In this paper, we pursue three general aims: (I) We will define a notion of fundamental opacity and ask whether it can be found in High Energy Physics (HEP), given the involvement of machine learning (ML) and computer simulations (CS) therein. (II) We identify two kinds of non-fundamental, contingent opacity associated with CS and ML in HEP respectively, and ask whether, and if so how, they may be overcome. (III) We address the question of whether any kind of opacity, contingent (...)
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  19.  9
    Dubucs, J., & Bourdeau, M. . Constructivity and Computability in Historical and Philosophical Perspective . Springer Netherlands, XI. 214, pp. ISBN: 978-94-017-9216-5 978-94-017-9217-2. [REVIEW]Bruno Da Ré - 2015 - Revista de Humanidades de Valparaíso 6:125-131.
    Book Review: Dubucs, J., & Bourdeau, M.. Constructivity and Computability in Historical and Philosophical Perspective. Springer Netherlands, XI. 214, pp. ISBN: 978-94-017-9216-5 978-94-017-9217-2, €83.29.
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  20.  60
    The developmental programme - concept or muddle?Programmes for Development, Genes, Chromosomes and Computer Models in Developmental Biology. Edited by Alma Swan, HERBERT Macgregor and Robert Ransom.J. Embryol. Exp. Morph. Volume 83 Supplement. The Company of Biologists Ltd, Cambridge, 1984. Pp. 369. �12.00, $23.00. [REVIEW]J. Robert & S. Whittle - 1986 - Bioessays 5 (2):91-92.
  21.  97
    Computer knows best? The need for value-flexibility in medical AI.Rosalind J. McDougall - 2019 - Journal of Medical Ethics 45 (3):156-160.
    Artificial intelligence is increasingly being developed for use in medicine, including for diagnosis and in treatment decision making. The use of AI in medical treatment raises many ethical issues that are yet to be explored in depth by bioethicists. In this paper, I focus specifically on the relationship between the ethical ideal of shared decision making and AI systems that generate treatment recommendations, using the example of IBM’s Watson for Oncology. I argue that use of this type of system creates (...)
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  22.  31
    The computational philosophy: simulation as a core philosophical method.Conor Mayo-Wilson & Kevin J. S. Zollman - 2021 - Synthese 199 (1-2):3647-3673.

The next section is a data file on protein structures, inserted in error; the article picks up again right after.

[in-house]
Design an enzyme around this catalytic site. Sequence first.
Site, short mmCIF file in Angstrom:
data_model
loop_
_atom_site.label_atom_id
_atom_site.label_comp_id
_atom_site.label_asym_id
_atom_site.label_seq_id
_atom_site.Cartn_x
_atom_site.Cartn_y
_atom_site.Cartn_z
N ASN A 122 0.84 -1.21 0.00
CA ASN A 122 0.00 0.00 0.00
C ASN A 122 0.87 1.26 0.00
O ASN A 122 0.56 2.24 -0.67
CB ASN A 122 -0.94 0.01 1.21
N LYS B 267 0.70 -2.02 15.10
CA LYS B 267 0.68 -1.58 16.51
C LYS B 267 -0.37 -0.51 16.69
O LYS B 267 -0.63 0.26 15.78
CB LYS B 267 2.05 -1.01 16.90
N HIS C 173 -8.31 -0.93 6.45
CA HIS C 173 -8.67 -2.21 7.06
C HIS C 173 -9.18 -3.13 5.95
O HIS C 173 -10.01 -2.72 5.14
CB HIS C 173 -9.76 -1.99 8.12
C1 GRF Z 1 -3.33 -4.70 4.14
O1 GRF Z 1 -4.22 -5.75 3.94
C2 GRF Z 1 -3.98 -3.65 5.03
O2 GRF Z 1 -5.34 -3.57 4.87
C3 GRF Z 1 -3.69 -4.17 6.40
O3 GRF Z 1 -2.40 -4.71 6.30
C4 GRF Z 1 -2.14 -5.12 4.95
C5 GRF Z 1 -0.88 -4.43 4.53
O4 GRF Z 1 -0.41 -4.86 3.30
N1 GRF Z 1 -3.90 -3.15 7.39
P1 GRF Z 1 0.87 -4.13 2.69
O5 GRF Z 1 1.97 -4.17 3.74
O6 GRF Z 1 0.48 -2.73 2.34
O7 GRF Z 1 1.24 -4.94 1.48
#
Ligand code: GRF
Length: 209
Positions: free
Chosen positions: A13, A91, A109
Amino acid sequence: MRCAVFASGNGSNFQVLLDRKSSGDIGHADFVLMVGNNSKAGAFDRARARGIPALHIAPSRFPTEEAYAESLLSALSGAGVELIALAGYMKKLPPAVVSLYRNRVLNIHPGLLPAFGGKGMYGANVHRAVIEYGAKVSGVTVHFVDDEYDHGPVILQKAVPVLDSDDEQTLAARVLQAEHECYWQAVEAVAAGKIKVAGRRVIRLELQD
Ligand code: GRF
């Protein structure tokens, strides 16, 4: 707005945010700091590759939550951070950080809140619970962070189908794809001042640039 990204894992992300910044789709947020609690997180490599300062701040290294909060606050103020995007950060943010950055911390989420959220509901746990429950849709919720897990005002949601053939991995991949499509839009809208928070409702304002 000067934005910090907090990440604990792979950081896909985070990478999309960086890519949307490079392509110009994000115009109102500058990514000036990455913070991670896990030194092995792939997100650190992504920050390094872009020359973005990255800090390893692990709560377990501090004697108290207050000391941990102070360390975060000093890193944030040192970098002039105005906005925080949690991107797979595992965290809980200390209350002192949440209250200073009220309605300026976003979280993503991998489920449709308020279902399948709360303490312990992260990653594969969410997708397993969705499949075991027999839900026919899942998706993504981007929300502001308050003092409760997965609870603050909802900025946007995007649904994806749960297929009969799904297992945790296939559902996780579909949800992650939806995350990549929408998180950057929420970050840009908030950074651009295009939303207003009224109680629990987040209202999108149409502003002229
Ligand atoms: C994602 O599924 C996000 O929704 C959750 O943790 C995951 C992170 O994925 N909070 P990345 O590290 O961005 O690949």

Modeling and computer simulations, we claim, should be considered core philosophical methods. More precisely, we will defend two theses. First, philosophers should use simulations for many of the same reasons we currently use thought experiments. In fact, simulations are superior to thought experiments in achieving some philosophical goals. Second, devising and coding computational models instill good philosophical habits of mind. Throughout the paper, we respond to the often implicit objection that computer modeling is “not philosophical.”.
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  23. Design of Arithmetic Units for Digital Computers.J. B. Gosling - 1980
  24.  9
    Computable structures of rank.J. F. Knight & J. Millar - 2010 - Journal of Mathematical Logic 10 (1):31-43.
    For countable structure, "Scott rank" provides a measure of internal, model-theoretic complexity. For a computable structure, the Scott rank is at most [Formula: see text]. There are familiar examples of computable structures of various computable ranks, and there is an old example of rank [Formula: see text]. In the present paper, we show that there is a computable structure of Scott rank [Formula: see text]. We give two different constructions. The first starts with an arithmetical example due to Makkai, and (...)
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  25.  29
    Computability of Recursive Functions.J. C. Shepherdson & H. E. Sturgis - 1967 - Journal of Symbolic Logic 32 (1):122-123.
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  26.  72
    Why computer simulations are not inferences, and in what sense they are experiments.Florian J. Boge - 2018 - European Journal for Philosophy of Science 9 (1):1-30.